Flu (Influenza)


Mother checking daughter's temperature

Influenza (flu) is a common contagious viral respiratory illness that can affect  the nose, throat, and lungs. Flu viruses spread mainly by droplets made when people with flu cough, sneeze or talk. Flu illness can vary from mild to severe. When severe, flu can result in hospitalization and even death. Some people are more likely to suffer serious flu complications, including older adults, pregnant people, young children and people with certain chronic health conditions. CDC recommends that everyone 6 months and older get an annual flu vaccine. Flu vaccination can prevent flu illness and its potentially serious complications. While flu vaccination varies in how well it works, an annual flu vaccination is the best way to protect against flu. However, if you get the flu, there are medications that can help treat it, and which are particularly important for some groups of people. Influenza antiviral drugs are prescription medications that can reduce severity and duration of flu illness, and also might prevent serious flu complications. CDC recommends influenza antiviral treatment for people who are very sick with flu and people with flu symptoms who are at higher risk of developing serious flu complications.


Key Facts

  • The severity of flu seasons can differ substantially from season to season.
  • You may be able to spread flu to someone else before you know you are sick, as well as while you are sick.
  • Hundreds of thousands of people are hospitalized with flu each year.
  • People with certain long-term health conditions, like asthma or diabetes, are at higher risk of serious flu complications.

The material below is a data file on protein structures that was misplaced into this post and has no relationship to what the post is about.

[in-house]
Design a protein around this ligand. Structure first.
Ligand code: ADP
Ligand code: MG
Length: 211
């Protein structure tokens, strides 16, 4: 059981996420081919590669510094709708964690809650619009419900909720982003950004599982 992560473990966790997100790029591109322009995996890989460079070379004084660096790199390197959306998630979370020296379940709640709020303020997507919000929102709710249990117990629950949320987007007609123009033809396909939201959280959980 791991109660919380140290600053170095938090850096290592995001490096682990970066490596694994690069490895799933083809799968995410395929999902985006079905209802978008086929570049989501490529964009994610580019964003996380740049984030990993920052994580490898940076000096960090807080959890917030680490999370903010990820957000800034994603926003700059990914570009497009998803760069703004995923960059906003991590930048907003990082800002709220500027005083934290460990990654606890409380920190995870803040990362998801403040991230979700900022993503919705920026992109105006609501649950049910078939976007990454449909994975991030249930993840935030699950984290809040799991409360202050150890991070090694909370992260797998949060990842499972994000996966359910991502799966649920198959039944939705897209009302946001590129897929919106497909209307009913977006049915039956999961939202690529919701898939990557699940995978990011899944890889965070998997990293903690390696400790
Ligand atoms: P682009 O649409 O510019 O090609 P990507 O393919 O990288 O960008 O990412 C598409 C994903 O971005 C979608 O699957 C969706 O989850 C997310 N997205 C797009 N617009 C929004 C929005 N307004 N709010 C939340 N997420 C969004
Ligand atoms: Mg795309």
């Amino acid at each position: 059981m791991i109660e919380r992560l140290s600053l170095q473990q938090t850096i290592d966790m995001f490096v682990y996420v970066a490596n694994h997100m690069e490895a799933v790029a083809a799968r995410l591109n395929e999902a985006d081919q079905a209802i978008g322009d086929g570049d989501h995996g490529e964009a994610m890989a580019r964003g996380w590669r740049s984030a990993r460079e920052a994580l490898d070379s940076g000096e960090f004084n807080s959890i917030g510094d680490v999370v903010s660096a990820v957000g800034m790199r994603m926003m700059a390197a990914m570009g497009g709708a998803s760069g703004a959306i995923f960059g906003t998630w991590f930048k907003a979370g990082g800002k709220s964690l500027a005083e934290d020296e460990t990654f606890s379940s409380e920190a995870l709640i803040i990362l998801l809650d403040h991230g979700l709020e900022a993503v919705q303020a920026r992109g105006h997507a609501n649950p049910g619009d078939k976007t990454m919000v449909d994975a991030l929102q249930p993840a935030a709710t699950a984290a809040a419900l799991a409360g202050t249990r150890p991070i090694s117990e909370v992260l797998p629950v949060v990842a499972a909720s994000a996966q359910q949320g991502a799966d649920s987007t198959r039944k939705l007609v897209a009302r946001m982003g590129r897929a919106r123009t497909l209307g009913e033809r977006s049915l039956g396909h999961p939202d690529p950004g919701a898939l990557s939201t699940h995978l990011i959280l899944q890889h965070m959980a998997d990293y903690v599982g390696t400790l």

• Take 3 steps to fight flu: get vaccinated, take everyday preventive actions, and take antiviral medicines if prescribed.


Grandfather with granddaughter
Are you at high risk?

Certain groups of people are at a higher risk of developing serious flu complications. These groups of people include: children younger than 5 years old, adults 65 years old or older, pregnant people, and people with certain chronic health conditions.

Get yourself and your family vaccinated!
Take Three Actions to Fight Flu

In this infographic, learn how to fight flu by getting vaccinated, taking everyday preventive actions, and taking antiviral medicines if prescribed.

Prevention Tips

  • An annual flu vaccination is the best way currently available to reduce the risk from flu and its potentially serious complications. As long as flu viruses are spreading, you can still benefit from a flu vaccine.
  • Avoid people who are sick.  Stay home when you are sick with flu for at least 24 hours after your fever is gone, except to get medical care or other necessities. Your fever should be gone without the need to use a fever-reducing medicine, such as acetaminophen.
  • Avoid touching your eyes, nose, or mouth. Though less common than spread through droplets that come from the nose and mouth when people cough, sneeze, or talk. Flu viruses can also spread when a person touches something that is contaminated with flu viruses and then touches their eyes, nose, or mouth.
  • Wash your hands regularly with soap and water. If soap and water are not available, use an alcohol-based hand rub.
  • Check with your doctor promptly if you are at higher risk of developing serious flu complications and you get flu symptoms. Your doctor may prescribe influenza antiviral drugs to treat your flu illness, which can lessen the severity of your illness, shorten the amount of time you are sick and help prevent serious flu complications.